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Hypothesis: Of techniques currently available for facial skin appearance improvement, nonablative laser therapy offers subtle improvements with an excellent risk-benefit ratio.
The subtle improvements in skin texture and wrinkling after nonablative laser treatment are preferred by many patients to the more obvious improvements after ablative laser resurfacing, because the nonablative laser treatment has a lower risk of complications, shorter recovery time, and less disruption of regular activities. In 1993, the first high-energy resurfacing carbon dioxide lasers became available for skin resurfacing. These carbon dioxide resurfacing lasers effectively treat facial rhytids and actinic changes.1,2 They are used to ablate the epidermis and partially ablate the dermis, removing skin changes due to photoaging. They stimulate neocollagen formation and tissue tightening,3,4 resulting in long-term skin texture and wrinkle improvement.
Paul J. Carniol, MD
Brad A. Greene, MD
These and subsequent resurfacing lasers have continued to use high fluence (power density) coupled with a short pulse duration or a scanning mechanism to achieve similar improvement. These lasers, classified as ablative because they remove epidermis and some dermis, rapidly vaporize the skin’s surface with relatively minimal adjacent tissue injury. They differ significantly from the prior surgical carbon dioxide lasers, which used lower fluence and either continuous or interrupted laser energy. Their significantly longer dwell time caused greater tissue trauma and a greater adjacent zone of thermal necrosis.
As surgeons gained experience with carbon dioxide lasers by 1995, they also noticed the typical long recovery time (prolonged erythema) and associated complications. At that time, one of us5 initiated a technique alteration to decrease the risks of carbon dioxide laser resurfacing and reduce recovery time. Laser surgeons had been advised to resurface down into the reticular dermis until a uniform chamois appearance was achieved. Using the new technique, resurfacing was continued only down to the necessary depth to treat thecondition or until a chamois appearance occurred. Surgeons were still cautioned not to resurface after the chamois appearance was present, even if the condition was not completely eradicated. This revised technique reduced the incidence of postresurfacing scarring and delayed hypopigmentation and eased postresurfacing recovery. Within a year, this new technique was adopted by many practitioners.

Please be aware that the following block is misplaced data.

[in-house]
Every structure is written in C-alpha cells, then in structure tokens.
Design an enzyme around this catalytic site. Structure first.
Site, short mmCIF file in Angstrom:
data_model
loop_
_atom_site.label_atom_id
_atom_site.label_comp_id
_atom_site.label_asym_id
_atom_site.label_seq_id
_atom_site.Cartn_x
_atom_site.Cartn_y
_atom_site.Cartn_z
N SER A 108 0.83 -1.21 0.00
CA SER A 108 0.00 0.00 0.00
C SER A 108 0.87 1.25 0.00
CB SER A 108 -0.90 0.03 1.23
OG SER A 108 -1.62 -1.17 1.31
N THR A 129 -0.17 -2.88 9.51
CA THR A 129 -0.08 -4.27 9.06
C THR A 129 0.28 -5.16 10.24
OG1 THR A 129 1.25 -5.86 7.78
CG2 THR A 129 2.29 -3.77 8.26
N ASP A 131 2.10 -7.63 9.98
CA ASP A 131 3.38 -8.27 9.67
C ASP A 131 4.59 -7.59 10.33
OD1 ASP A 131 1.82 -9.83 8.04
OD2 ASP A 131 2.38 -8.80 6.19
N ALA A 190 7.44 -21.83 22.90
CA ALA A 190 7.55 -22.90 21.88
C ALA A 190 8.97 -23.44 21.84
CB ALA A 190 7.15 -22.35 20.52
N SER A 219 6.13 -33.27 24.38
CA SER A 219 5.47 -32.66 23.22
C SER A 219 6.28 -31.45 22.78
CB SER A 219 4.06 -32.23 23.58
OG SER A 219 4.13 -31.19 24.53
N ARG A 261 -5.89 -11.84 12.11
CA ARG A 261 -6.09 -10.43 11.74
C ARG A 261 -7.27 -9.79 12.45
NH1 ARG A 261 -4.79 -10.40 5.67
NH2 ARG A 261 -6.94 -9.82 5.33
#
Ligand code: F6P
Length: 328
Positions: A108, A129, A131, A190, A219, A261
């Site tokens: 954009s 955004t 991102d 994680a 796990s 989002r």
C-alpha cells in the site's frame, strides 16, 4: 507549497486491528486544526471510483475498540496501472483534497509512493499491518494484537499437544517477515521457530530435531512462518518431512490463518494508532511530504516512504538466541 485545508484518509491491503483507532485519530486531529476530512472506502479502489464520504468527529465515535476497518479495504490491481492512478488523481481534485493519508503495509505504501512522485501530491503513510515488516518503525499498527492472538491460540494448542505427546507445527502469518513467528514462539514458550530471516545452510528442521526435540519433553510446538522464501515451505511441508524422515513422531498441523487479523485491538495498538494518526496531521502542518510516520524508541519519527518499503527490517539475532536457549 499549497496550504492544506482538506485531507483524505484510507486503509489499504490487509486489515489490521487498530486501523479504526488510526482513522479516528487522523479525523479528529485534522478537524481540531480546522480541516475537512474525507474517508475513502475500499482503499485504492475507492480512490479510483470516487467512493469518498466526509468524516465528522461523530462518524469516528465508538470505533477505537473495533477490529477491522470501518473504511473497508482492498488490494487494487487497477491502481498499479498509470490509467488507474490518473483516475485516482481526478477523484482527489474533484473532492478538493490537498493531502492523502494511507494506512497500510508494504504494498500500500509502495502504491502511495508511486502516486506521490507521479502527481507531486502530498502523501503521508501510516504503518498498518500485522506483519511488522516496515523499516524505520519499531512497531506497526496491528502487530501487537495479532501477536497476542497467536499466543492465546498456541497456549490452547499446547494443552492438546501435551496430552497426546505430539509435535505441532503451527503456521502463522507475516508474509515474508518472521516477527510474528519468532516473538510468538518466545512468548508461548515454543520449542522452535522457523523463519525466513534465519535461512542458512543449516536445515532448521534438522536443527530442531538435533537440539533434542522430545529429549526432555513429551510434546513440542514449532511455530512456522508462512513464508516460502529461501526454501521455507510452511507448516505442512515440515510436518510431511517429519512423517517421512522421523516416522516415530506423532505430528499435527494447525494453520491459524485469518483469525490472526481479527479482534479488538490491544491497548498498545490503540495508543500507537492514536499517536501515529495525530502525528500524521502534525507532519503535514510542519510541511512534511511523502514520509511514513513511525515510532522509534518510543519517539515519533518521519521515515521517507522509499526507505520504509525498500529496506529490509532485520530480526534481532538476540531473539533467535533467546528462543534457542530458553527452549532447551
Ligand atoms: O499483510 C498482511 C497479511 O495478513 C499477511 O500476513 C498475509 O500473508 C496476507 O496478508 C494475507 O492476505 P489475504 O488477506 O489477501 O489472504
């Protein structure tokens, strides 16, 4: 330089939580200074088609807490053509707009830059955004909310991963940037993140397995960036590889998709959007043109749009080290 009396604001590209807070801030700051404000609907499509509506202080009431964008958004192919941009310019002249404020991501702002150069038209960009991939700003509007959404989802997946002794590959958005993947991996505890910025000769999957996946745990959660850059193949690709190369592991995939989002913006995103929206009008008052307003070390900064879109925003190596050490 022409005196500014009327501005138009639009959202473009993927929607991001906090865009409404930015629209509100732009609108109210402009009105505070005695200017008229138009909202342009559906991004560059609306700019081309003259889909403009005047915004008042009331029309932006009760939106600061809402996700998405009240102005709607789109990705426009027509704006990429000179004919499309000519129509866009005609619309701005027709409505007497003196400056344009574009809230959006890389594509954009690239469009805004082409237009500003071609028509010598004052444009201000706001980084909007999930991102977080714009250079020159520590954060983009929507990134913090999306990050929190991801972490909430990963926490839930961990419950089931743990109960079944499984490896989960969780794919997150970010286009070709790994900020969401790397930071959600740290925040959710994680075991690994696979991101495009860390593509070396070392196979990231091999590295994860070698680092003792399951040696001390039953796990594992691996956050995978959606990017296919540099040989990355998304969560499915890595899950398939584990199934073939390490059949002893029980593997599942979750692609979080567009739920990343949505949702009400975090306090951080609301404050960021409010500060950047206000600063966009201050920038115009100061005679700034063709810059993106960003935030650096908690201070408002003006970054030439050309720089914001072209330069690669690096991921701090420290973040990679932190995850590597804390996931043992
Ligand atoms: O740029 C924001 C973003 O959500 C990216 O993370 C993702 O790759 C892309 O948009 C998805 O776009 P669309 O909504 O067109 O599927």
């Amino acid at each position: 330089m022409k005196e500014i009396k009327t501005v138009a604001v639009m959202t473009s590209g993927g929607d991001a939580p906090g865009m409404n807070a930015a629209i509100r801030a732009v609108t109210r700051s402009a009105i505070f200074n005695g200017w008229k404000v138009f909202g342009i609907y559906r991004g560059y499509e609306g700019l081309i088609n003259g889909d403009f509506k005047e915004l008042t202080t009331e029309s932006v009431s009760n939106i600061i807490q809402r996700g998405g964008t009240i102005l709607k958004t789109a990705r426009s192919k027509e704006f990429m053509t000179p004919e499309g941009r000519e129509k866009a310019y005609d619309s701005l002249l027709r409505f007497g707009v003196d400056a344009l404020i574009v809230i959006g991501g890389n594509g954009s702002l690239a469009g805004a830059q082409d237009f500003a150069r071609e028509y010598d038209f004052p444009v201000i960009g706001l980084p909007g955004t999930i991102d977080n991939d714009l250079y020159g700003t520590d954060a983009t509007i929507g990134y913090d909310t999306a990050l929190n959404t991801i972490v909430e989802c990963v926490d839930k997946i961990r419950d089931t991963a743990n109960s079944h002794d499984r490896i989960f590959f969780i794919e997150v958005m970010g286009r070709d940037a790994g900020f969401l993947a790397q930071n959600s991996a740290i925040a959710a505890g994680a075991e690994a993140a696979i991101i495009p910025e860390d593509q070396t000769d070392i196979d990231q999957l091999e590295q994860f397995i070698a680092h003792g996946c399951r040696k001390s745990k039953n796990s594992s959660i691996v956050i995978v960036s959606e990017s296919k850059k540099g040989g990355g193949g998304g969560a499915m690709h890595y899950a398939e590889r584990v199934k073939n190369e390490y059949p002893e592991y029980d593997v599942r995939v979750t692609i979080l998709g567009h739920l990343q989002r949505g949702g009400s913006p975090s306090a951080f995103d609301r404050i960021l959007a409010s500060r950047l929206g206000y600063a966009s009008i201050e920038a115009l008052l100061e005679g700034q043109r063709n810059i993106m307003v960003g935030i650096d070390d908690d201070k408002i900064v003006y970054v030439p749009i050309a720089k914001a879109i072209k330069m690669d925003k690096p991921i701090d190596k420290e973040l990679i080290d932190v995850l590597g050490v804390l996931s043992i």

By 1998, the erbium:YAG laser was also being used for resurfacing. Comprehensive publications on laser skin rejuvenation provided information about both types of lasers.6,7 The erbium laser is effective for treating milder rhytids and photoaging.8 Compared with carbon dioxide resurfacing lasers, it causes less adjacent thermal injury and has a shorter recovery time and less neocollagen formation. Recovery time after resurfacing with the short-pulse-duration erbium laser is influenced by resurfacing depth and the particular laser and technique used. Significantly less collagen contracture occurs than after carbon dioxide laser resurfacing.9
To attempt improvement of erbium laser effectiveness and the neocollagen formation, erbium lasers with both short and longer pulse durations were developed. The longer pulse duration causes greater adjacent thermal injury and greater stimulation of neocollagen formation. Healing time is longer after longer-pulse-duration erbium laser treatment than after short-pulse-duration erbium laser treatment. Even though longer-pulse-duration erbium laser stimulates more neocollagen formation than a short-pulse-duration erbium laser treatment, it is still less than after carbon dioxide laser treatment.10
Initially, the laser resurfacing procedures described herein were very popular. As physicians and patients became aware of the potential prolonged recovery process, which often included weeks of pinkness, the demand for treatment with these lasers diminished. Nonablative lasers (lasers that do not remove epidermis but work through intact skin) were developed for attempting facial skin appearance improvement by stimulating neocollagen formation without the recovery period associated with resurfacing lasers. Nonablative laser technology has since become widely available.11 Currently, technology used for nonablative skin rejuvenation includes the CoolTouch laser (CoolTouch Inc, Roseville, Calif),12-14 Visage radiofrequency (ArthroCare Corp, Sunnyvale, Calif),15,16 the DioLite Laser (Iridex Corp, Mountain View, Calif),17 1540-nm erbium glass laser,18 and intense pulsed-light sources.19,20